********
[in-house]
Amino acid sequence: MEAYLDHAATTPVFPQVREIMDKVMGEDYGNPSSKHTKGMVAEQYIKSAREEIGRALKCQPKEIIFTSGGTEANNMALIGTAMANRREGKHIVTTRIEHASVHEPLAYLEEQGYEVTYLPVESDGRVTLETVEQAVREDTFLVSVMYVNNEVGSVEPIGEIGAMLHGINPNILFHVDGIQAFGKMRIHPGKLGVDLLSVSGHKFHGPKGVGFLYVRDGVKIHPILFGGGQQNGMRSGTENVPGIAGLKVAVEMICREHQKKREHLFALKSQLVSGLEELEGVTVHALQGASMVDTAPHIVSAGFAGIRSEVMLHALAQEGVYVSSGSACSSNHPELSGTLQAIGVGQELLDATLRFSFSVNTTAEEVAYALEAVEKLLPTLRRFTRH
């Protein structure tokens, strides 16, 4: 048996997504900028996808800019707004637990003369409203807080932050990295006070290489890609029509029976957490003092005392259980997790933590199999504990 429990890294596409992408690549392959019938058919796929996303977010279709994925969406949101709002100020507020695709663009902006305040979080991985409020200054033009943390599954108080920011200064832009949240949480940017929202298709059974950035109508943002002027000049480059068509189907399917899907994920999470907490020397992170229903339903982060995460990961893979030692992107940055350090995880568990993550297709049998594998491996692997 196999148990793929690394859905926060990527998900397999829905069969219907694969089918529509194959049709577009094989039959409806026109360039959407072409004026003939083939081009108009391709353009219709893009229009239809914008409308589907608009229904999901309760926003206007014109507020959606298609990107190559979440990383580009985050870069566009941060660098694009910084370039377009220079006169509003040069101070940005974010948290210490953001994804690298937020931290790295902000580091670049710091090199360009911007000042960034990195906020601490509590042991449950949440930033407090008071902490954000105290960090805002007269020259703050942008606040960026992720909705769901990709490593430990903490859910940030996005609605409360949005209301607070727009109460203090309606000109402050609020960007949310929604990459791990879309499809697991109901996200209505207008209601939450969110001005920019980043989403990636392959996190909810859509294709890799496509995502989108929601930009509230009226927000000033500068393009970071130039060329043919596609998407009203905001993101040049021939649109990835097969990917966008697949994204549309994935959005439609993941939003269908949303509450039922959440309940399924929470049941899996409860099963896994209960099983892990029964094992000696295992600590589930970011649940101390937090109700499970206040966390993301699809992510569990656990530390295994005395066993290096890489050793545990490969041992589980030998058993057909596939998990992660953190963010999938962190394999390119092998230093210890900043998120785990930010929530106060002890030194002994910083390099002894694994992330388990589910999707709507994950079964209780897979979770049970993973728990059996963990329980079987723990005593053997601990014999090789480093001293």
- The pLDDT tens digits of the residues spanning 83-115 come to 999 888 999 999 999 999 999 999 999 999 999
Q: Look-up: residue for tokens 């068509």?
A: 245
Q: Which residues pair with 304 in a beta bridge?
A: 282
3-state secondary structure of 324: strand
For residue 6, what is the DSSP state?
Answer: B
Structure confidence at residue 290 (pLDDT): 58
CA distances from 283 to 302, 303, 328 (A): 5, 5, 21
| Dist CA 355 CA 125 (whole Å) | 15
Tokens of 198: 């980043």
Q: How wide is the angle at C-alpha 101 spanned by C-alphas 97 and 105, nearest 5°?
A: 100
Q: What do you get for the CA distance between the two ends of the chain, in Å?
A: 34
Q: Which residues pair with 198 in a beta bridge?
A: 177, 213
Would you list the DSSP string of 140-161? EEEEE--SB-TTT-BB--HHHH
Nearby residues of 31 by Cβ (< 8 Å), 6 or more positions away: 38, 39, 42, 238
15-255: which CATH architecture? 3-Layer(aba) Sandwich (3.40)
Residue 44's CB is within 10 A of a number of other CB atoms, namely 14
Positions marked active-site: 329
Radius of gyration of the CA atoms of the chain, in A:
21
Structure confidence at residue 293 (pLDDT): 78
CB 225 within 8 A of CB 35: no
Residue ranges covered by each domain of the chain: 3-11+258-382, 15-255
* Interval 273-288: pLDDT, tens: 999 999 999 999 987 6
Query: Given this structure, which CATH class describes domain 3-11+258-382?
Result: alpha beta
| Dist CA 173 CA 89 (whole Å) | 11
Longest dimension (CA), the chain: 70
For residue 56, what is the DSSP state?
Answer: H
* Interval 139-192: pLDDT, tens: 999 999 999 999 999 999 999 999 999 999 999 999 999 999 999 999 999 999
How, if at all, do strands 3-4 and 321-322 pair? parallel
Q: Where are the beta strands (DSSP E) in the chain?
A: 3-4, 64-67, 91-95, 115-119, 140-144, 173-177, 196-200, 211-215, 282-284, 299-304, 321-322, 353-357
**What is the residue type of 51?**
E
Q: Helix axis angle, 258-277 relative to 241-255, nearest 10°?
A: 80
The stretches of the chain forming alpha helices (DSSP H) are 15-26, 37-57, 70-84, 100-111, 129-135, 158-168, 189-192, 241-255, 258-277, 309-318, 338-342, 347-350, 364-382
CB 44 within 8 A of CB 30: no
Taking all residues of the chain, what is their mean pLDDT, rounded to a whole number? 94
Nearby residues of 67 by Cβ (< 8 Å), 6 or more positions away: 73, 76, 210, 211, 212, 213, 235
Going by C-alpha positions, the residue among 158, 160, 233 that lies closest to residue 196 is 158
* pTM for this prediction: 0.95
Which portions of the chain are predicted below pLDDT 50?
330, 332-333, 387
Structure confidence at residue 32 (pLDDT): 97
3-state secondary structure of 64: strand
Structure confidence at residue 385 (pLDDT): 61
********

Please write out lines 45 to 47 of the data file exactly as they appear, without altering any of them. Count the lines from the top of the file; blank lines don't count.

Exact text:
Q: Helix axis angle, 258-277 relative to 241-255, nearest 10°?
A: 80
The stretches of the chain forming alpha helices (DSSP H) are 15-26, 37-57, 70-84, 100-111, 129-135, 158-168, 189-192, 241-255, 258-277, 309-318, 338-342, 347-350, 364-382